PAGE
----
By virtue of their profession, dentists play a pivotal role in oral health promotion and dissemination of preventive information among their patients, family, and society. It is, therefore, important that their own health knowledge is good and their oral health behavior conforms to the expectation of the population. Earlier studies have shown dentists to be lacking in self-motivation to practice basic preventive oral hygiene habits. Therefore, imparting knowledge about preventive and community dentistry has a strong positive influence on oral health-related attitudes and behavior of dental students which in turn helps their patients toward a better oral health thus fulfilling the general objective of providing dental education to the patients to adopt good oral hygiene practices.,, Studies have shown that attitude and behavior of dental students vary in accordance with the year of studies (preclinical and clinical years) as well as cultures and countries of origin.
Thus, the aim of this study was to evaluate self-reported oral health attitude, knowledge and behavior among a group of dental students and to compare differences in oral health attitudes between years of study and gender.
| Materials and Methods|| |
The present cross-sectional study was conducted in the month of April–June 2014 in dental institute located in Jaipur district of Rajasthan. Ethical clearance was granted by Ethical Committee of the Institute.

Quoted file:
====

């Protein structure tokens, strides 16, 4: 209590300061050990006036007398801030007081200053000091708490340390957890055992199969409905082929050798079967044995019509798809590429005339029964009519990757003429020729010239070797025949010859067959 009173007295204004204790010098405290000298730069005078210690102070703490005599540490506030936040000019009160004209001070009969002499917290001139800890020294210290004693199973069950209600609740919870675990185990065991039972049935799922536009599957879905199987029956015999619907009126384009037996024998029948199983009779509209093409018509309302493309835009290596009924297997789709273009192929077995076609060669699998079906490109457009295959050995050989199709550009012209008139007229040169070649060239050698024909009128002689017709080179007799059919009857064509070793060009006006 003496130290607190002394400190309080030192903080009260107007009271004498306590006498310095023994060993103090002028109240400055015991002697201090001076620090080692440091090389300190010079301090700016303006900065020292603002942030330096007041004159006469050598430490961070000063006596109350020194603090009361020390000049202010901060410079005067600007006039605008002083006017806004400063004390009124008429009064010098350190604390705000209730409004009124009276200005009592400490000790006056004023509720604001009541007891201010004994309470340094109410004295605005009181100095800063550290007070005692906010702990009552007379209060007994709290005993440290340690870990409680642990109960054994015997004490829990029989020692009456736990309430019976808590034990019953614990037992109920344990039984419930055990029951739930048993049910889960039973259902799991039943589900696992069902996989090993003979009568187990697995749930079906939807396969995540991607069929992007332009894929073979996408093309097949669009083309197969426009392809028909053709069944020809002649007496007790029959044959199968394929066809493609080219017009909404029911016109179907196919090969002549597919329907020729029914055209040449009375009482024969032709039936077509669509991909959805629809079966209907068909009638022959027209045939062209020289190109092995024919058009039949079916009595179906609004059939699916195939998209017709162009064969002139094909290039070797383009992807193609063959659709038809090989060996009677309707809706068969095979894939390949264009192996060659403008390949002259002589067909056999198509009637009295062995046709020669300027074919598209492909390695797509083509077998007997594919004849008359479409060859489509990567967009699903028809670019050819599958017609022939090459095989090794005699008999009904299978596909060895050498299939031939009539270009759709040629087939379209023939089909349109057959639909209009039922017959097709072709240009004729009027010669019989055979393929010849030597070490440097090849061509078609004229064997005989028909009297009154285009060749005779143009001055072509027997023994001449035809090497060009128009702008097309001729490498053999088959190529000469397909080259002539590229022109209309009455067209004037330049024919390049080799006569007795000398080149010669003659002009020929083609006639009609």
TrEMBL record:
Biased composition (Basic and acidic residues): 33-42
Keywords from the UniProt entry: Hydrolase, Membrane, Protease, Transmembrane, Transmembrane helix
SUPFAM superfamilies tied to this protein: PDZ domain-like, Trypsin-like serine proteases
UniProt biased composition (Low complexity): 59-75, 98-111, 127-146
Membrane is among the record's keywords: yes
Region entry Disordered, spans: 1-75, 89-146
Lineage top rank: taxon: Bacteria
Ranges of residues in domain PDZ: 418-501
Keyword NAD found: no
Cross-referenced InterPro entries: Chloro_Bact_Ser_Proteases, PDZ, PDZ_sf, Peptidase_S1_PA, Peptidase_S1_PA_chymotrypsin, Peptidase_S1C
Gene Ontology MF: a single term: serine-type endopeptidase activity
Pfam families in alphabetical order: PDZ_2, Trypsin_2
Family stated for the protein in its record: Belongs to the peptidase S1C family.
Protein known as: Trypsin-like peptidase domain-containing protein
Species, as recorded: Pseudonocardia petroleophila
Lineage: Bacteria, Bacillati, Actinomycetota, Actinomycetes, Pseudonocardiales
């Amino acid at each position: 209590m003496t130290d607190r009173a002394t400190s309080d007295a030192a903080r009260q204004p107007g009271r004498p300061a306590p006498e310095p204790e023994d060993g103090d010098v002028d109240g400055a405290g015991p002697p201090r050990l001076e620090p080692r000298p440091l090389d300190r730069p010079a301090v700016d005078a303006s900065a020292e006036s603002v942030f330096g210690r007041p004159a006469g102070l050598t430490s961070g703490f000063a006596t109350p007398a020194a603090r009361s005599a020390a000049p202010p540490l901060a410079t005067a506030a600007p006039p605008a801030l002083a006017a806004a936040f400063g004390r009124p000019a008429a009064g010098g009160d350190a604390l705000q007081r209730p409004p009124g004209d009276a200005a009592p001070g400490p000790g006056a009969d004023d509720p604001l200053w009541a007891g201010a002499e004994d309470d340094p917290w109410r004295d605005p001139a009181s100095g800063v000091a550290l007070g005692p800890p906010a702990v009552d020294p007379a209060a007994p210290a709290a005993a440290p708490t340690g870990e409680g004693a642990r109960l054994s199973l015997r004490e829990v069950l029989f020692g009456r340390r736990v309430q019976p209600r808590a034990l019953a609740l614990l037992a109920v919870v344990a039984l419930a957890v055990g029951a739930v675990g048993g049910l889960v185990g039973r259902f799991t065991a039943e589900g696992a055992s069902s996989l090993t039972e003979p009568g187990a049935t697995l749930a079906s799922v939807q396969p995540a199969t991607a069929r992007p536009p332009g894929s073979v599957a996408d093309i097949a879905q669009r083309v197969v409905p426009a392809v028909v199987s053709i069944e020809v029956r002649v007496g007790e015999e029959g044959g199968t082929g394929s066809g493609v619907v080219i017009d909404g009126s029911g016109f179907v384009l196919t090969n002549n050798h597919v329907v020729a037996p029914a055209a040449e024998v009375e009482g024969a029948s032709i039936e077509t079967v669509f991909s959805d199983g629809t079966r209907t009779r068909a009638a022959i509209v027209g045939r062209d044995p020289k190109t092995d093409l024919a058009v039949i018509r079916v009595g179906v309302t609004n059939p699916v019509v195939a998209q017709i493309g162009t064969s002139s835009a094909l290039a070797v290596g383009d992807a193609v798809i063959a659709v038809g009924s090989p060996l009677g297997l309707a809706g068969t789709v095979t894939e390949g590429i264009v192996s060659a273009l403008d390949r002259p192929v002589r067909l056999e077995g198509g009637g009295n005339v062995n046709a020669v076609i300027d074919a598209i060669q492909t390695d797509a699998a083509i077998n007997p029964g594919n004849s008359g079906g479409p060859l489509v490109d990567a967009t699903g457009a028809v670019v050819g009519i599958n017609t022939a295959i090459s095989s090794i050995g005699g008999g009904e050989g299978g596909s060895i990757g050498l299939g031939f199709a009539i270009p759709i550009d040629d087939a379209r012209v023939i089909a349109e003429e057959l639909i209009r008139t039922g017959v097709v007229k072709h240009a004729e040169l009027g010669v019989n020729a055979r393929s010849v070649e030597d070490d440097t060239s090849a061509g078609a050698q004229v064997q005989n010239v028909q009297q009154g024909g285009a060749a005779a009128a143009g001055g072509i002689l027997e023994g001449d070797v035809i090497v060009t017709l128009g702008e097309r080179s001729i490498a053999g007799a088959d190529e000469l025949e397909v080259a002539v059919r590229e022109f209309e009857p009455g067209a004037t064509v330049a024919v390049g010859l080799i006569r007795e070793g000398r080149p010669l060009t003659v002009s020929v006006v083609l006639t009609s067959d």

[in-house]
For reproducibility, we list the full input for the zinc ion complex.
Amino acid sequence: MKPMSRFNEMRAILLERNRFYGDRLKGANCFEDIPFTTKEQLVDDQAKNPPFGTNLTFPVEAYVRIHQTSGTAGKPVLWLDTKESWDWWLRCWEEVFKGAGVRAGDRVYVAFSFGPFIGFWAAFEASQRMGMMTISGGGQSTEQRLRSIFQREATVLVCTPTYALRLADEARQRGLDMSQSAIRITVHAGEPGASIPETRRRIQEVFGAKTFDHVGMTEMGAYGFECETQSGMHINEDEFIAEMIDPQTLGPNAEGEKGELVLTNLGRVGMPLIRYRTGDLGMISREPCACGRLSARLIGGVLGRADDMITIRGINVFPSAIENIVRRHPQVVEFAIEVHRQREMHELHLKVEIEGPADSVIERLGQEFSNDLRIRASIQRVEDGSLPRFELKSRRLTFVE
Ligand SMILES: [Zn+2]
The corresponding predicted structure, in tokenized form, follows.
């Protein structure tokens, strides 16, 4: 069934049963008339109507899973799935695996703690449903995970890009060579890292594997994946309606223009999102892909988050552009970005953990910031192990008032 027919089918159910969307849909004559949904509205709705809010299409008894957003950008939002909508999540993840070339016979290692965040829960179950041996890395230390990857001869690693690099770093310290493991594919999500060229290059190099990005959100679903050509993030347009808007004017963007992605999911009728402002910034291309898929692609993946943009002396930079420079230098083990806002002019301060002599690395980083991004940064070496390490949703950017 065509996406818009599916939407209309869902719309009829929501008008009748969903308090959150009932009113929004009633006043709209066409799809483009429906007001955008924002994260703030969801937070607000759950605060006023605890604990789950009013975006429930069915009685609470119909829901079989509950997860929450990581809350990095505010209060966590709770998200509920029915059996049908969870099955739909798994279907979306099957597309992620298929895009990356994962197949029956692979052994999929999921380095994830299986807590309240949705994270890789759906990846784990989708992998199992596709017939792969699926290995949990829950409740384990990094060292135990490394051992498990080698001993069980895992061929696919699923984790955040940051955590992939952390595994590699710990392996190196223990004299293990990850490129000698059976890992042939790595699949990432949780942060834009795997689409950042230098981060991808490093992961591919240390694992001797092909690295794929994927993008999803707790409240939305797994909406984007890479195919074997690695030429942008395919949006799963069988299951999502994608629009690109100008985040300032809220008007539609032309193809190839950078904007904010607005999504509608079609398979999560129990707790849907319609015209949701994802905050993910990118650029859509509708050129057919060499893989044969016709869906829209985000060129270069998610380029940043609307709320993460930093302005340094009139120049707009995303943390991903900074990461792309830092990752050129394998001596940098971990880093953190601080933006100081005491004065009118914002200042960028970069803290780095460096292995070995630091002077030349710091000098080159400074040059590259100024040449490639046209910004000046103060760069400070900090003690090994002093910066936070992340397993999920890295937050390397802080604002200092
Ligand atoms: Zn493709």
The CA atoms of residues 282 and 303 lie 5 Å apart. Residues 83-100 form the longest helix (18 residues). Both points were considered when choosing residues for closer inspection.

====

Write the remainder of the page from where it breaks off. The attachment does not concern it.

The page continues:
The study comprised 200 dental students of various professional years. Subjects in the study were divided into two groups based on their professional years (1) preclinical students (2) clinical students. Categorization according to their gender was also done. Informed consent was obtained from each student before the questionnaire was distributed and the students who were not willing to be a part of this study were excluded.
A self-administered structured questionnaire consisting of 19 questions was pretested through a pilot survey done on five dental faculty members to validate the questions. This questionnaire contained information on their attitudes toward dental care, oral health practice, and knowledge of oral health and was personally distributed.
Data collected was subjected to statistical analysis. Chi-square test was applied to compare the data collected between students from preclinical and clinical years and also between males and females. A P < 0.05 was considered to be statistically significant.
| Results|| |
The present study comprised 200 students from different professional years. Of these 142 were from preclinical years and 58 were from clinical years. Of 200 subjects, 118 were males and 82 were females.
Most of the students brush their teeth once daily and the difference between the frequency of brushing in students from preclinical and clinical years was not significant. The difference between the brushing frequency in males (35.6%) and females (75.6%) was significant. Maximum number of students brushed their teeth before breakfast, and there was no significant difference between brushing time between students from preclinical and clinical years whereas a significant difference was observed between males and females with regard to brushing time. With regard to duration of brushing a significant difference was observed in preclinical and clinical students and males and females. Majority of subjects in the present study brush their teeth for approximately 2 min [Table 1].
|Table 1: Responses to various questions in relation to various oral hygiene practices among the study population according to gender and course of study|